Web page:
Some designers I speak to don’t feel comfortable with words. My job is sense making in this arena. In others, my words are more essence than organization. Words are my output. On the other hand, i can barely draw a straight line.

Secondly, aesthetic quality deals with details, subtle shades, harmony and the equilibrium of a whole variety of visual elements. A good eye is required, schooled by years and years of experience, in order to be able to draw the right conclusion.

4. Good Design helps a product be understood
It clarifies the structure of the product. Better still, it can make the product talk. At best, it is self-explanatory and saves you the long, tedious perusal of the operating manual.

Every practical interaction should be so easy so we can leave the talking and words for literature, criticism, love, and debate.

5. Good Design is unobtrusive
Products that satisfy this criterion are tools. They are neither decorative objects nor works of art. Their design should therefore be both neutral and restrained leaving room for the user’s self-ex ssion.

6. Good Design is honest
An honestly-designed product must not claim features it does not have – being more innovative, more efficient, of higher value. It must not influence or manipulate buyers and users.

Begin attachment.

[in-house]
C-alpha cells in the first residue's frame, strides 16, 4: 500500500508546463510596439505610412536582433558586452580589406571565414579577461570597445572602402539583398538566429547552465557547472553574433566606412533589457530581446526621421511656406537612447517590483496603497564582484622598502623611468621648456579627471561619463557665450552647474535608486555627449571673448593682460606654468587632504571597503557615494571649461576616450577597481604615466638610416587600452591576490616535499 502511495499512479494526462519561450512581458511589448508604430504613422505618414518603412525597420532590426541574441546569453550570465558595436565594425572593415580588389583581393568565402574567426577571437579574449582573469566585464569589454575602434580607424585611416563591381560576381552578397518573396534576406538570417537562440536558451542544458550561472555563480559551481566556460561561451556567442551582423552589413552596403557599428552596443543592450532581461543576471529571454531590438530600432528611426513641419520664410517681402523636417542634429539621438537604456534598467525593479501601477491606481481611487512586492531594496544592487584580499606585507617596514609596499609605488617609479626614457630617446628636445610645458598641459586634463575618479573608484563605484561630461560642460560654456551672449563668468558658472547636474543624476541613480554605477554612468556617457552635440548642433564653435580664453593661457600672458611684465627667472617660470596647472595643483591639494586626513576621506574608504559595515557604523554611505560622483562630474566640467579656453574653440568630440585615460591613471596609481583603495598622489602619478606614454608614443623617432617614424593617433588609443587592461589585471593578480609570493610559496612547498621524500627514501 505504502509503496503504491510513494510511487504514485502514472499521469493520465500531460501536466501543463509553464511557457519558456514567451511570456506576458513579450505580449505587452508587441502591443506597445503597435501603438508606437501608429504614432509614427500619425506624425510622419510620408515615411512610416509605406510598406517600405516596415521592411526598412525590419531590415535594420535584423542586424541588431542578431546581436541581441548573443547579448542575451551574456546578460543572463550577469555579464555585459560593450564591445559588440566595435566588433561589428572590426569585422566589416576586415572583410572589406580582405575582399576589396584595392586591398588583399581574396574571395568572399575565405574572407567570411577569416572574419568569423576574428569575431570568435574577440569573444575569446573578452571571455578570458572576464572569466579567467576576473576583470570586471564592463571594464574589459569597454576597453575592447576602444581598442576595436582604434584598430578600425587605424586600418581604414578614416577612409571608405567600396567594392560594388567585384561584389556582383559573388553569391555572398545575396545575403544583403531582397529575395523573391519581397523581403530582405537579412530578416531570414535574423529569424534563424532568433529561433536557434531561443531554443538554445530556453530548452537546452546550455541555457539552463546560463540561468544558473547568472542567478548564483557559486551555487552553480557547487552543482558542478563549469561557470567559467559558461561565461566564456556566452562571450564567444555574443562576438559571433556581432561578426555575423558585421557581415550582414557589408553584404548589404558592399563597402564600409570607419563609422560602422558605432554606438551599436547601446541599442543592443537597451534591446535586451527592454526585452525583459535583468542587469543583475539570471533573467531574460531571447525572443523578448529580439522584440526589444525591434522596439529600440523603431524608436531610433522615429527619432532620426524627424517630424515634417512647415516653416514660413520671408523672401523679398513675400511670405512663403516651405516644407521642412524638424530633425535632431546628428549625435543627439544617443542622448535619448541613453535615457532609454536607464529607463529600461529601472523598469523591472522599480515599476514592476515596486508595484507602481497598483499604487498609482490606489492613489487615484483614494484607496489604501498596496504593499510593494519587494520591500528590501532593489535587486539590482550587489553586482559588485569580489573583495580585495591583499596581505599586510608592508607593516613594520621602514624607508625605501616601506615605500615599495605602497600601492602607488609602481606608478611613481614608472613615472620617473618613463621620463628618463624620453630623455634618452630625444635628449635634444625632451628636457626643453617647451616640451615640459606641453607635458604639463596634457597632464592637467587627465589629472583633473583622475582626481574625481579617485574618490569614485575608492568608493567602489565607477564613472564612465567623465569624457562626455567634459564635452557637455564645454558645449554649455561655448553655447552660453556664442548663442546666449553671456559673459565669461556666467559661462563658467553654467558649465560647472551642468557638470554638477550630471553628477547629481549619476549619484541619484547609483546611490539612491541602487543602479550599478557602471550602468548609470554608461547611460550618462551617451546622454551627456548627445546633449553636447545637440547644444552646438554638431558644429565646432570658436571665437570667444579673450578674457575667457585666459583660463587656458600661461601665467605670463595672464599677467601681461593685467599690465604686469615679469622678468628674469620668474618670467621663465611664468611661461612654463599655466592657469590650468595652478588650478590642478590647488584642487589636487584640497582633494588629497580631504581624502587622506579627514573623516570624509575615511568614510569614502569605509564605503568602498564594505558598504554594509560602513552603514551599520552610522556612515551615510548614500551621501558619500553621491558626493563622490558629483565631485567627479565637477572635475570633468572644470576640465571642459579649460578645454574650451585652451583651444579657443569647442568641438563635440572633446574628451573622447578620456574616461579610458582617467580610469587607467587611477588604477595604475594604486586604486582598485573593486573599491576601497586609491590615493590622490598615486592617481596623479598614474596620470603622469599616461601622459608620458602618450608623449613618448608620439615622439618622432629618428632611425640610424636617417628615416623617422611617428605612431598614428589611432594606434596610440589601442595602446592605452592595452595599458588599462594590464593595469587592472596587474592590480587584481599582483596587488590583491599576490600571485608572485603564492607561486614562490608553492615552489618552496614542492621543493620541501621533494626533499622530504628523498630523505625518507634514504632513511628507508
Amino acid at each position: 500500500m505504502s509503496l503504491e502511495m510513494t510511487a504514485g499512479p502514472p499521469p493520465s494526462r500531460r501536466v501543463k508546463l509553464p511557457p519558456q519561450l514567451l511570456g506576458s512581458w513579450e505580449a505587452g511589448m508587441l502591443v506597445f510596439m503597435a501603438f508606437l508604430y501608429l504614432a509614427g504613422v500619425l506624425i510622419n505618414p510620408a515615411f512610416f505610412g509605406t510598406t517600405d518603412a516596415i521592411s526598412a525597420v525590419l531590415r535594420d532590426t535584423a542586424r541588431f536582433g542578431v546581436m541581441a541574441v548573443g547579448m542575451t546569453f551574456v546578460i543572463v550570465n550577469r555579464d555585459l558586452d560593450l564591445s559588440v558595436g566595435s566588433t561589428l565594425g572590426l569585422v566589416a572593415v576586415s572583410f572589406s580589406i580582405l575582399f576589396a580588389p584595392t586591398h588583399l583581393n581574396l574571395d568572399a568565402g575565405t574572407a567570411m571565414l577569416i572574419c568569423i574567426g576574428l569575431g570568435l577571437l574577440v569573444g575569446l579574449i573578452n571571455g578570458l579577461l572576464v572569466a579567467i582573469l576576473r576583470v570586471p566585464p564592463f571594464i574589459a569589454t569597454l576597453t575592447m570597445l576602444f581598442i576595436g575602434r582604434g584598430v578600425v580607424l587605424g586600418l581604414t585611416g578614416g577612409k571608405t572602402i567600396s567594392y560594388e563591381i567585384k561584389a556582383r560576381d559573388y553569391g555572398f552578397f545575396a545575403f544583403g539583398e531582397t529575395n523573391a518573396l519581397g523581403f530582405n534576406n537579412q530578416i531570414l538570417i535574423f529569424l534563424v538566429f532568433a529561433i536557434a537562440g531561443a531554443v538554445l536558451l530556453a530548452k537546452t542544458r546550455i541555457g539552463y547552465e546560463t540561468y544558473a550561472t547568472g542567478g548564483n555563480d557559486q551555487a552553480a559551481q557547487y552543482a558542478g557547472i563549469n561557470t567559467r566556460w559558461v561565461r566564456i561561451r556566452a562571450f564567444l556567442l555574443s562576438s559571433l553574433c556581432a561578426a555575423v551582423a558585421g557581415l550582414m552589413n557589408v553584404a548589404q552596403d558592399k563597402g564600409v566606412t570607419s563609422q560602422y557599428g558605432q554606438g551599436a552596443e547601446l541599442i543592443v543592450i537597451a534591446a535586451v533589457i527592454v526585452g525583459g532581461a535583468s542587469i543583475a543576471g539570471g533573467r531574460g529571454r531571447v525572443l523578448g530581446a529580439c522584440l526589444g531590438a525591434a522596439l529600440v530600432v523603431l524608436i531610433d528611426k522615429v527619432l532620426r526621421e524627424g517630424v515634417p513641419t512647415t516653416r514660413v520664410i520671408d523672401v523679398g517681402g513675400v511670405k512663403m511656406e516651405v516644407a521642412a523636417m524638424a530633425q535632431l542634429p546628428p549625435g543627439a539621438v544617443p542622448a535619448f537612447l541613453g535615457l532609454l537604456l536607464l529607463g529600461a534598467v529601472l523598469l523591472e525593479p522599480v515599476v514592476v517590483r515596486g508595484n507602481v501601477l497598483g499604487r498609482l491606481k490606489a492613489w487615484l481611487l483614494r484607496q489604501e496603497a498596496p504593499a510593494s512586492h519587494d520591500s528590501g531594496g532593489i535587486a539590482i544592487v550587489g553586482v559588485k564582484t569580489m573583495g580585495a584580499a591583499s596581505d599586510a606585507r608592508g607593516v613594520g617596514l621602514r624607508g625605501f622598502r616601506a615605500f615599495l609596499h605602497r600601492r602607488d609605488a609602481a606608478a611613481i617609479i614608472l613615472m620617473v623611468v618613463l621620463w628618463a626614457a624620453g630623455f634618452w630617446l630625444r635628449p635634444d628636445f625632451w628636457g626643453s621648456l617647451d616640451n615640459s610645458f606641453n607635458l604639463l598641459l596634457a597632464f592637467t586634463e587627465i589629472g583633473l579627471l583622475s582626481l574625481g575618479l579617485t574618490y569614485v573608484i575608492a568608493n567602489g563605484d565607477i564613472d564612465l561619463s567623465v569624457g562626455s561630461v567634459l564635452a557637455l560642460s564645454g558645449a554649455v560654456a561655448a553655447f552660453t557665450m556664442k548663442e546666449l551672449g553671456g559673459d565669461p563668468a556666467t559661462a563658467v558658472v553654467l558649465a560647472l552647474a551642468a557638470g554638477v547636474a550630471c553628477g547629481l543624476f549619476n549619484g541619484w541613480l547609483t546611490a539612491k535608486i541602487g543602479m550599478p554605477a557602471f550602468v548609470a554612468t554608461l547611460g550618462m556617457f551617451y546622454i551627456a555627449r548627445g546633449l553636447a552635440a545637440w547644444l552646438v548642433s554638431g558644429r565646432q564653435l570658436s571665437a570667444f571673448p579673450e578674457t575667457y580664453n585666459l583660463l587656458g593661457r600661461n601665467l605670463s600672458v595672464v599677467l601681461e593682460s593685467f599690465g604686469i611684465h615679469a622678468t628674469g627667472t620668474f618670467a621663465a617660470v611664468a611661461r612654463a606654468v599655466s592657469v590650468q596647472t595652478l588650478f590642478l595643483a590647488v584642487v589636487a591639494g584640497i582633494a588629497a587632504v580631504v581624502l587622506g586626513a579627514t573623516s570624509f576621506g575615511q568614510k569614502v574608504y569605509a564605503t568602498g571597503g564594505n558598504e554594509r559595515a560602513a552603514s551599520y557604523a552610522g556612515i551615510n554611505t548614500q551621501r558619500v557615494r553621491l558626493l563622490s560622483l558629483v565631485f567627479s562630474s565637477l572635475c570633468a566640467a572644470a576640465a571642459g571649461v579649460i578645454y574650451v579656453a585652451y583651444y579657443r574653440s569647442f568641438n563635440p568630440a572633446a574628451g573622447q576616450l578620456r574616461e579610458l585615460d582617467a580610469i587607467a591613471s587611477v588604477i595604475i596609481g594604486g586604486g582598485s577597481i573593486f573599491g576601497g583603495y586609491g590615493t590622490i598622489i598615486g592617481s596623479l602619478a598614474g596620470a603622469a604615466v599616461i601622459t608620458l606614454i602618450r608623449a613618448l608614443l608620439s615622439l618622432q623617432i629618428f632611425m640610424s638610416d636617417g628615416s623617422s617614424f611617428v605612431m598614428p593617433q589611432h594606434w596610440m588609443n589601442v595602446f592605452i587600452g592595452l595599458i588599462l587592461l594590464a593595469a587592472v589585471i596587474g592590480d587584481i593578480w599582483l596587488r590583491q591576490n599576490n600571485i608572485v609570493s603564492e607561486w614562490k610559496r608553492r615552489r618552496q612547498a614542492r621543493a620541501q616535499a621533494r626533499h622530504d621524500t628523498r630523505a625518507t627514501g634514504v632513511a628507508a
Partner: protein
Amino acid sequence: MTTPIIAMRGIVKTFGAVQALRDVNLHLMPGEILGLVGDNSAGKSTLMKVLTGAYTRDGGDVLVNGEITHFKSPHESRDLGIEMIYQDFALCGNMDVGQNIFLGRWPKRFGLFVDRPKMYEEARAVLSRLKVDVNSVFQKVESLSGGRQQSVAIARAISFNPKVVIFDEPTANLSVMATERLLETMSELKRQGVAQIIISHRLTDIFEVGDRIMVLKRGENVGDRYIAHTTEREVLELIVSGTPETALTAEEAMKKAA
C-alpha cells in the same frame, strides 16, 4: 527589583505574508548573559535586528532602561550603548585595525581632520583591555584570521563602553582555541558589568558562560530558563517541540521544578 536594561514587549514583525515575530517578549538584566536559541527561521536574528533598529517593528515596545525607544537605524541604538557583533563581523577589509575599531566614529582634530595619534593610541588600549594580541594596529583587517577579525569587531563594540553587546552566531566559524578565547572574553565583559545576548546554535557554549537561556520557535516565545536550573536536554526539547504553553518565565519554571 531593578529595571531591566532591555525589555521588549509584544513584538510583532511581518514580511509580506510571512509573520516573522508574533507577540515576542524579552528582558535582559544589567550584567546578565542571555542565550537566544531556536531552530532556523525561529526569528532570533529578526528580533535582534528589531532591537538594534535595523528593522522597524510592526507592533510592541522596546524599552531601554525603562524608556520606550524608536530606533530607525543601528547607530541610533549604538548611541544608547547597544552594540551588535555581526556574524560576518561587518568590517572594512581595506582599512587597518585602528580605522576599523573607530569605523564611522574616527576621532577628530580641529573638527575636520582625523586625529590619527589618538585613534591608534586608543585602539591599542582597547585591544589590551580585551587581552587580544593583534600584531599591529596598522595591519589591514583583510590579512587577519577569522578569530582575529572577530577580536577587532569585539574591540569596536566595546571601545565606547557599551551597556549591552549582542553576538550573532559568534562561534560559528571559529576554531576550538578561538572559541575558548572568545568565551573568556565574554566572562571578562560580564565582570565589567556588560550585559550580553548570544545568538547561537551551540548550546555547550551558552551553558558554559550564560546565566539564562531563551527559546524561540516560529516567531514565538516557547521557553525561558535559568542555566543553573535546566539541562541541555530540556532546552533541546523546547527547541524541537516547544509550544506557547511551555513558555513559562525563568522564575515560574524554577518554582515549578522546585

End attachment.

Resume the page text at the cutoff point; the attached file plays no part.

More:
7. Good Design is durable
It is nothing trendy that might be out-of-date tomorrow. This is one of the major differences between well-designed products and trivial objects for a waste-producing society. Waste must no longer be tolerated.

8. Good Design is thorough to the last detail
Thoroughness and accuracy of design are synonymous with the product and its functions, as seen through the eyes of the user

9. Good Design is concerned with environment
Design must contribute towards a stable environment and a sensible use of raw materials. This means considering not only actual pollution, but also the visual pollution and destruction of our environment.

10. Good Design is as little design as possible
Back to purity, back to simplicity.

What becomes of the baroque? (it certainly shows up in contemporary television but where else does the baroque make sense?)

That’s all for now. (not the most graceful exit but it’s time to rest and after all this is a blog.)